An all-encompassing publication ban on the Tori Stafford murder case has been partially lifted to allow media outlets to report on a guilty plea by one of the accused.
Terri-Lynne McClintic, one of two accused of killing eight-year-old Tori, pleaded quilty to first-degree murder and was sentenced to life in prison on April 30.
The Vancouver Sun reports:
“But in a rare move, the judge told reporters in the courtroom they couldn’t report any of those developments — not even that a hearing had taken place — until further notice.
“The decision sparked angry newspaper editorials and speculation on some social media sites that a plea deal was being worked out with McClintic.”
Read the CBC Online and Globe and Mail reports on today’s Supreme Court of Canada ruling that partially lifted the ban.
Dean Jobb wrote about the ban earlier this year for J-Source:
“Justice Dougald McDermid of Ontario’s Superior Court of Justice prohibited the media from reporting what happened when Terri-Lynne McClintic, one of two people accused of the eight-year-old’s 2009 abduction and murder, was scheduled to appear in court in Woodstock. The Globe and Mail ran a front-page editorial on May 1 calling the ban “absurd” and “a danger to Canadians.”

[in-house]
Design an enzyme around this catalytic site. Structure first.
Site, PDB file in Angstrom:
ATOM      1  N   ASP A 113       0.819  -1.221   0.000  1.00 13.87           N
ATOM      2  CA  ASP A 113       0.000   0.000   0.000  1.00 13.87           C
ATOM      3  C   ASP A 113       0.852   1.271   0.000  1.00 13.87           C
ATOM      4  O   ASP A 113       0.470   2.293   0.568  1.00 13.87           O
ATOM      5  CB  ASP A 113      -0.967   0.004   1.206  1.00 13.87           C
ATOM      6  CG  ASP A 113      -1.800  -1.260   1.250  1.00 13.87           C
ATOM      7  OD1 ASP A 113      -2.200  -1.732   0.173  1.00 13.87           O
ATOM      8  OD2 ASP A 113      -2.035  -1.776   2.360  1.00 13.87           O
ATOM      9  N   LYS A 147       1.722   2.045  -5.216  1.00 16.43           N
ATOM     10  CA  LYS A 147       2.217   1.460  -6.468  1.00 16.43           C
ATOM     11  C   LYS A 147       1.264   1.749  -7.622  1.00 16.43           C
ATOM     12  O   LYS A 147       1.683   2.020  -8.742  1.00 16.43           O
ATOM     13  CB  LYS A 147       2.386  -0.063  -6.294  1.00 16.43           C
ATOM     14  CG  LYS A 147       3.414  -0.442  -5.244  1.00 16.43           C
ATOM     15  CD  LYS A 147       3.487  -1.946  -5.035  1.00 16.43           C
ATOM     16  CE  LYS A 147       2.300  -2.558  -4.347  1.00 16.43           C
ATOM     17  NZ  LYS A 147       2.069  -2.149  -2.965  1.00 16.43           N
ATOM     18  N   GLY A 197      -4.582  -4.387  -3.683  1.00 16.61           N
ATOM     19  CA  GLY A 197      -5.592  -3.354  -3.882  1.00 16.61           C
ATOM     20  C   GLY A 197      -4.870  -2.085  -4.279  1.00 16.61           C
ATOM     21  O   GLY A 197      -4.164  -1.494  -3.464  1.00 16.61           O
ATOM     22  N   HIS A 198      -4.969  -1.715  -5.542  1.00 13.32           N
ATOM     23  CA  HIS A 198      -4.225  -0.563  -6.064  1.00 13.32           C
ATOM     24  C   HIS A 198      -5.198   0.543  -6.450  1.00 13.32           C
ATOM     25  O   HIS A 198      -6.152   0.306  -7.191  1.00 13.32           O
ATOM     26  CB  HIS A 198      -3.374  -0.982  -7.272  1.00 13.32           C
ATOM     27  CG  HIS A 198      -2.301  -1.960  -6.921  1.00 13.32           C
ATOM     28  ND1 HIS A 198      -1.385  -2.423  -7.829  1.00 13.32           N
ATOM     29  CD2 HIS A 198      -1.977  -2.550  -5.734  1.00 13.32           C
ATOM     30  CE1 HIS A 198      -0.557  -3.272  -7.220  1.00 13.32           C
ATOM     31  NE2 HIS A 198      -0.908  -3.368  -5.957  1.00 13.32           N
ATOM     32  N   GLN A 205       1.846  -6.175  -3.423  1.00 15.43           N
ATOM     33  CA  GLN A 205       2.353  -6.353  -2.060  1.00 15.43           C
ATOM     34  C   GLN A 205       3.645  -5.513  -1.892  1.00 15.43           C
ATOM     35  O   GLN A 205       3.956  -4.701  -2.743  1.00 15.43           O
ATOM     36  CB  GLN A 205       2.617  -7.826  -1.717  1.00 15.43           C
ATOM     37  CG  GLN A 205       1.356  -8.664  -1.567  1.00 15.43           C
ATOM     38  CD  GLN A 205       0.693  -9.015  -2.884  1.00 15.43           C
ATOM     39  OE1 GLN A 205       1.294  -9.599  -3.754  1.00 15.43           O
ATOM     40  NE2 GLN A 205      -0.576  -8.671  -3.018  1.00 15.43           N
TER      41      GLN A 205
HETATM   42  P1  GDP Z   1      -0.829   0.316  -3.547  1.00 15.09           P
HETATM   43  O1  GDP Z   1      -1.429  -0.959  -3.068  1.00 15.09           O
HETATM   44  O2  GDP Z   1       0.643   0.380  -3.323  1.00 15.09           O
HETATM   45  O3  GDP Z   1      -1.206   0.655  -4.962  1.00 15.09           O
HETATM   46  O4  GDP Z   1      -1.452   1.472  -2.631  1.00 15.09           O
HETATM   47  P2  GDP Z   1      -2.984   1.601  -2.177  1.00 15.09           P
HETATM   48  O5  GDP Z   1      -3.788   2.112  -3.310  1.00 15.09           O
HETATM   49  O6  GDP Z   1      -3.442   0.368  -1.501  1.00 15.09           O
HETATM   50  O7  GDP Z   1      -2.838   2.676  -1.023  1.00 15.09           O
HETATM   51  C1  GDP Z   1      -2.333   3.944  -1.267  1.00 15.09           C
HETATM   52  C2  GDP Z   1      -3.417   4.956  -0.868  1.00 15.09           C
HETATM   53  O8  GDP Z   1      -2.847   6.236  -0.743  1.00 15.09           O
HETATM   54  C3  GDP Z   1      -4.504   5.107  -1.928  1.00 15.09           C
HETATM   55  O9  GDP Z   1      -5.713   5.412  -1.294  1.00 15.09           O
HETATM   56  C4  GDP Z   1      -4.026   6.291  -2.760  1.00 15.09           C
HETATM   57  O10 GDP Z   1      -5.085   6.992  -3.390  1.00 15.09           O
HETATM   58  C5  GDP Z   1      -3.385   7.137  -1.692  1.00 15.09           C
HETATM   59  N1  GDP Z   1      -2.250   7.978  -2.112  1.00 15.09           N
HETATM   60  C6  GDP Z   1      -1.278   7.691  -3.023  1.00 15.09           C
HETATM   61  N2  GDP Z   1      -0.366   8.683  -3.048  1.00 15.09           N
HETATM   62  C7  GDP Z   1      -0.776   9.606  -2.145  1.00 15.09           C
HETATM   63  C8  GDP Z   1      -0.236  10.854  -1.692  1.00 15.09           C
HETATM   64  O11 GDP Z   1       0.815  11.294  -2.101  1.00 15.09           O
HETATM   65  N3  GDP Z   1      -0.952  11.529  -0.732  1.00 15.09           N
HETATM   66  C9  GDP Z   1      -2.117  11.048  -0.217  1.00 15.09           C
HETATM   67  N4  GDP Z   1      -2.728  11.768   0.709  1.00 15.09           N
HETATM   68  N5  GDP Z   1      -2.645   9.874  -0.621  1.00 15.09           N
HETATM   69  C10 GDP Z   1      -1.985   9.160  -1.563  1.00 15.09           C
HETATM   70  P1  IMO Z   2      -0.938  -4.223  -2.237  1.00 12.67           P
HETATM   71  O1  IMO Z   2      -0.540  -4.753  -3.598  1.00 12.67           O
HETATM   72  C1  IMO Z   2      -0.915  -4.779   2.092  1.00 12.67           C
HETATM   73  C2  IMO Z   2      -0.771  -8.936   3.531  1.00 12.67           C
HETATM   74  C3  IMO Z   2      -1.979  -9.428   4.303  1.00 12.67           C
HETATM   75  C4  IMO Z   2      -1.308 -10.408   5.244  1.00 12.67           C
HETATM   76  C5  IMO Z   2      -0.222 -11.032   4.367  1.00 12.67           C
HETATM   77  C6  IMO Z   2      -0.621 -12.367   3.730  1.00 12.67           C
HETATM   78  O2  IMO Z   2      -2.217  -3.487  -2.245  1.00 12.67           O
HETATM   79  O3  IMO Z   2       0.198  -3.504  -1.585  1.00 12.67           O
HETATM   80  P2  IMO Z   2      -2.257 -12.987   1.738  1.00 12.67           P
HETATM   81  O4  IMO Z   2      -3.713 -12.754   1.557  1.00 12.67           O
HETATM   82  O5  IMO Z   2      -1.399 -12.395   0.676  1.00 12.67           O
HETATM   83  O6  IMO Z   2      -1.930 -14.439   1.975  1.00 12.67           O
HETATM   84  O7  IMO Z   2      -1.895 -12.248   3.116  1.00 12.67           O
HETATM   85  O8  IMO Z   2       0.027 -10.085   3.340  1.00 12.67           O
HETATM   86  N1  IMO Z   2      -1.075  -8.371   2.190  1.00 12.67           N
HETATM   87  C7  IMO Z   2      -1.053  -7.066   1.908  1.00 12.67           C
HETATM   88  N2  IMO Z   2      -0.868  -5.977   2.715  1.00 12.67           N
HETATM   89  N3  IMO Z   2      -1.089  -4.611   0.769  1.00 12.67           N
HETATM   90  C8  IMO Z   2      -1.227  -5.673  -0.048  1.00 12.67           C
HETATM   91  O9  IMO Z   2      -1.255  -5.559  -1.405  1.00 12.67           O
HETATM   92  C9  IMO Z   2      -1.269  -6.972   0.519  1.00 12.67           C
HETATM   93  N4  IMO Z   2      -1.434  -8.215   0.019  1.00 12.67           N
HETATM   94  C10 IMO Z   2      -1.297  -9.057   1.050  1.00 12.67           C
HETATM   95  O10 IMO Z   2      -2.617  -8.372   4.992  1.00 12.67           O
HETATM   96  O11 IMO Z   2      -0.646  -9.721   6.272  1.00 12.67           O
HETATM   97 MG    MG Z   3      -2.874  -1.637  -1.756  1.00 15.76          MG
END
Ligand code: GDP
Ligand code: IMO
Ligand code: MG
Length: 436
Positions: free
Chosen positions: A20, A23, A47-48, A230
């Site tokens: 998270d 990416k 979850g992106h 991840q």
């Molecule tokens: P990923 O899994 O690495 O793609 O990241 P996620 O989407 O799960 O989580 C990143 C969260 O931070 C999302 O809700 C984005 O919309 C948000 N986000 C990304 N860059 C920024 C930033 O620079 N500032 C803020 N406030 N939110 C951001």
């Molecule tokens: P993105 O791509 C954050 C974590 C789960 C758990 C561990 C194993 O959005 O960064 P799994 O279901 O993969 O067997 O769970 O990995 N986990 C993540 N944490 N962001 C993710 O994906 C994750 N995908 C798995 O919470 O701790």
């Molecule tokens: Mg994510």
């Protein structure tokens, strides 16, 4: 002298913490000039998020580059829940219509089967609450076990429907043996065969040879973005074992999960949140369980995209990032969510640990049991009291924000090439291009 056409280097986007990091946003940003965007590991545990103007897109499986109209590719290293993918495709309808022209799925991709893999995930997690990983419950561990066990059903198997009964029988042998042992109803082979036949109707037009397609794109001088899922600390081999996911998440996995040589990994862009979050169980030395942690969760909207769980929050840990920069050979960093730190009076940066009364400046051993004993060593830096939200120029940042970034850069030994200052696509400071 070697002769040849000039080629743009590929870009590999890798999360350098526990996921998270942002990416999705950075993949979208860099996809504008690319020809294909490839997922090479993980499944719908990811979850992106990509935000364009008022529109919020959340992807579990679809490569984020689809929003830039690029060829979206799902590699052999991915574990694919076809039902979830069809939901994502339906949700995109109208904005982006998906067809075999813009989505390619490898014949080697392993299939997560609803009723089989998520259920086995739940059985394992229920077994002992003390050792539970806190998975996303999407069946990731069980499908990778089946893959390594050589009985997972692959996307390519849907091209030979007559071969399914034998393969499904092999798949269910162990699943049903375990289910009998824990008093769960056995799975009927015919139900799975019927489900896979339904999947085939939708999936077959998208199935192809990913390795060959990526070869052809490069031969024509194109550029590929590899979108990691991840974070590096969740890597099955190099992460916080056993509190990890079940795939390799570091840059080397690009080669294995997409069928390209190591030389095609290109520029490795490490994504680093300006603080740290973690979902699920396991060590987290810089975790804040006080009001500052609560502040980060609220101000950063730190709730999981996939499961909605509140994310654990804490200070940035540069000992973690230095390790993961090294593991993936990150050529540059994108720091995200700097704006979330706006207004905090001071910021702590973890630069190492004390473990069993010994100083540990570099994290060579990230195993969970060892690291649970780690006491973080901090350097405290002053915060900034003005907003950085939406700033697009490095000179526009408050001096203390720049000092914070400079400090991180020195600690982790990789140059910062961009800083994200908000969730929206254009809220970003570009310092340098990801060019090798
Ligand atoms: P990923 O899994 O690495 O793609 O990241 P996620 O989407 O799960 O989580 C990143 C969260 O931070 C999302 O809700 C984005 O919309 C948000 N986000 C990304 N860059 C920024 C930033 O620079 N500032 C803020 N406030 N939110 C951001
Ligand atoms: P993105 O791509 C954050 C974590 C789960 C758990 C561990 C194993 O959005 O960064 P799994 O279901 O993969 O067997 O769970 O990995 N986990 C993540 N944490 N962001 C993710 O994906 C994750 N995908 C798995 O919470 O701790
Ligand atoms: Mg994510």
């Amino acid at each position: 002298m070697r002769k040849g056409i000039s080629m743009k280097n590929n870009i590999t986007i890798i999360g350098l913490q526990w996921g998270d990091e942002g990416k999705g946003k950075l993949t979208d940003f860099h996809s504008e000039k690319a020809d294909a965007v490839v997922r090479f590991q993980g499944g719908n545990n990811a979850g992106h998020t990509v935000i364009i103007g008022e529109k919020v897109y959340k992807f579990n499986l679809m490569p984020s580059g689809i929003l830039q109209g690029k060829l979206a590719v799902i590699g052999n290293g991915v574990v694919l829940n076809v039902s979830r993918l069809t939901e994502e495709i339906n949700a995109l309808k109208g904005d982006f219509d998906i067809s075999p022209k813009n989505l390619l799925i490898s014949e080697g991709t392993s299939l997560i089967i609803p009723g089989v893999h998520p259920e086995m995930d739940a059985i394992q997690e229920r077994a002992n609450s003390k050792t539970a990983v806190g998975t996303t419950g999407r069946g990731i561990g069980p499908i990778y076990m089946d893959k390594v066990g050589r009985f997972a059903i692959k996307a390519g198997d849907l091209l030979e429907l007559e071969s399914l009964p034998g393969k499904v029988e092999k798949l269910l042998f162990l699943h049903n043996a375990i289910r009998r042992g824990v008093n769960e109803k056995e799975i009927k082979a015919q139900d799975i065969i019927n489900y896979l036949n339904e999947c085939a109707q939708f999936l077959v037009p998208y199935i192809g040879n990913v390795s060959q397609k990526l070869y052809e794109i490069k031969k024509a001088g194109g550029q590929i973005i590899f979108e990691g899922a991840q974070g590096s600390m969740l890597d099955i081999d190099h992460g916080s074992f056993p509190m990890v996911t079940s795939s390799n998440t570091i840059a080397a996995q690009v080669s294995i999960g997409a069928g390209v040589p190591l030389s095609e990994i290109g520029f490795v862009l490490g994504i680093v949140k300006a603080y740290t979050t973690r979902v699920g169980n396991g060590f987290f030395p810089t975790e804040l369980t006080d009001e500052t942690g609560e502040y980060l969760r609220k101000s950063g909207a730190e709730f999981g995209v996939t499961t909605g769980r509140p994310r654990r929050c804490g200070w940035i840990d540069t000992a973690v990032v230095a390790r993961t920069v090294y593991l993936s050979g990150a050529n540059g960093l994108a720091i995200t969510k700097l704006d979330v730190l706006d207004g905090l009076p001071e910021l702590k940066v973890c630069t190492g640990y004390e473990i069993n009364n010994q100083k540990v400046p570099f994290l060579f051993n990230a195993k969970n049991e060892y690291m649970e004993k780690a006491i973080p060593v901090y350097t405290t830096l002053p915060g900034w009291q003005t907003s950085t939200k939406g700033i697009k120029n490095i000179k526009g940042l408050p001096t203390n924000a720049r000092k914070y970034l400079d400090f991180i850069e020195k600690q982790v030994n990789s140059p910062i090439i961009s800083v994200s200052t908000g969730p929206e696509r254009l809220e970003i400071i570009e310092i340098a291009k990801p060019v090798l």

“The Toronto Star said it will challenge the scope of the temporary ban and warned in an editorial that “rumour and innuendo will replace solid reporting” if it stands. Star columnist Rosie DiManno says the ban “cheats Canadians” who have a right to follow the high-profile case, and underlined her point in another column in which the banned information was blacked out. Meanwhile, Ontario’s NDP justice critic and media law experts contend the ban goes too far and flies in the face of the Charter’s guarantee of press freedom.”
A story by The Toronto Star‘s Heather Mallick — the first she’s written since the ban was lifted — hints that there are a lot of terrible details still to be revealed. Dirk Derstine, the lawyer for the other accused, McClintic’s ex Mike Rafferty, wants the partial ban to remain in order to provide him with a fair trial.
Media lawyer Iain MacKinnon, who reprsents several news organizations including Postmedia, wants the entire ban to be lifted, arguing that open courts are necessary”to maintain confidence in the integrity of courts and accountability by them,” The Vancouver Sun reports. He added that the media has a fundamental role to report on court cases to people who couldn’t otherwise attend in person.
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